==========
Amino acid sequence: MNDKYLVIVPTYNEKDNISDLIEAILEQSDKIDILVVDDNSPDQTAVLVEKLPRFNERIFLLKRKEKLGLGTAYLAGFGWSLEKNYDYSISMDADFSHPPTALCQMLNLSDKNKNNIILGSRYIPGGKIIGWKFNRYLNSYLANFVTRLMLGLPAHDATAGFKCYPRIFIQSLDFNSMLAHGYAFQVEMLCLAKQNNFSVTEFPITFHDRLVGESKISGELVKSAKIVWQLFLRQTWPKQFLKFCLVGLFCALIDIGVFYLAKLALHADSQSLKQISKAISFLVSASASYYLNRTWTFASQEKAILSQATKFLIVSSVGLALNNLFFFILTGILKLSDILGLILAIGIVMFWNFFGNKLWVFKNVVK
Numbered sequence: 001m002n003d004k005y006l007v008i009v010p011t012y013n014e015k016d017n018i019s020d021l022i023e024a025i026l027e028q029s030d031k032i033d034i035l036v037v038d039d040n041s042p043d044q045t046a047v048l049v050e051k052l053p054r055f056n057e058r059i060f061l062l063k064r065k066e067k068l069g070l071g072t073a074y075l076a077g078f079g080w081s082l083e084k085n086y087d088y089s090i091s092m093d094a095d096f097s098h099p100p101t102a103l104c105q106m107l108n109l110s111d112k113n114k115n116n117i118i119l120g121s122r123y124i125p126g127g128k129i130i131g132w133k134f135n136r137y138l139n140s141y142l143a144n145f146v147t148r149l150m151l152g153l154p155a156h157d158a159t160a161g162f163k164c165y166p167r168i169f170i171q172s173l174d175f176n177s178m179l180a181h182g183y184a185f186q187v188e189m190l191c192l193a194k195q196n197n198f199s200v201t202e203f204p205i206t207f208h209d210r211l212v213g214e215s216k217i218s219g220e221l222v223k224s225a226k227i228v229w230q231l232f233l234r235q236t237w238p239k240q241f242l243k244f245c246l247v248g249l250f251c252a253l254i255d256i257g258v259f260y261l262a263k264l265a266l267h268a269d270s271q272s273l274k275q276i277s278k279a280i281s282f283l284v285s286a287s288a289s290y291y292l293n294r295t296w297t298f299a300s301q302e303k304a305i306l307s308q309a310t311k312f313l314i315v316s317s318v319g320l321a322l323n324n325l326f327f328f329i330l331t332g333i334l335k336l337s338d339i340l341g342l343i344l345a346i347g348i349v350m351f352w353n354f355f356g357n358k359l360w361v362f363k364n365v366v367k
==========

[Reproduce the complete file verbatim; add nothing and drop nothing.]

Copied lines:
Amino acid sequence: MNDKYLVIVPTYNEKDNISDLIEAILEQSDKIDILVVDDNSPDQTAVLVEKLPRFNERIFLLKRKEKLGLGTAYLAGFGWSLEKNYDYSISMDADFSHPPTALCQMLNLSDKNKNNIILGSRYIPGGKIIGWKFNRYLNSYLANFVTRLMLGLPAHDATAGFKCYPRIFIQSLDFNSMLAHGYAFQVEMLCLAKQNNFSVTEFPITFHDRLVGESKISGELVKSAKIVWQLFLRQTWPKQFLKFCLVGLFCALIDIGVFYLAKLALHADSQSLKQISKAISFLVSASASYYLNRTWTFASQEKAILSQATKFLIVSSVGLALNNLFFFILTGILKLSDILGLILAIGIVMFWNFFGNKLWVFKNVVK
Numbered sequence: 001m002n003d004k005y006l007v008i009v010p011t012y013n014e015k016d017n018i019s020d021l022i023e024a025i026l027e028q029s030d031k032i033d034i035l036v037v038d039d040n041s042p043d044q045t046a047v048l049v050e051k052l053p054r055f056n057e058r059i060f061l062l063k064r065k066e067k068l069g070l071g072t073a074y075l076a077g078f079g080w081s082l083e084k085n086y087d088y089s090i091s092m093d094a095d096f097s098h099p100p101t102a103l104c105q106m107l108n109l110s111d112k113n114k115n116n117i118i119l120g121s122r123y124i125p126g127g128k129i130i131g132w133k134f135n136r137y138l139n140s141y142l143a144n145f146v147t148r149l150m151l152g153l154p155a156h157d158a159t160a161g162f163k164c165y166p167r168i169f170i171q172s173l174d175f176n177s178m179l180a181h182g183y184a185f186q187v188e189m190l191c192l193a194k195q196n197n198f199s200v201t202e203f204p205i206t207f208h209d210r211l212v213g214e215s216k217i218s219g220e221l222v223k224s225a226k227i228v229w230q231l232f233l234r235q236t237w238p239k240q241f242l243k244f245c246l247v248g249l250f251c252a253l254i255d256i257g258v259f260y261l262a263k264l265a266l267h268a269d270s271q272s273l274k275q276i277s278k279a280i281s282f283l284v285s286a287s288a289s290y291y292l293n294r295t296w297t298f299a300s301q302e303k304a305i306l307s308q309a310t311k312f313l314i315v316s317s318v319g320l321a322l323n324n325l326f327f328f329i330l331t332g333i334l335k336l337s338d339i340l341g342l343i344l345a346i347g348i349v350m351f352w353n354f355f356g357n358k359l360w361v362f363k364n365v366v367k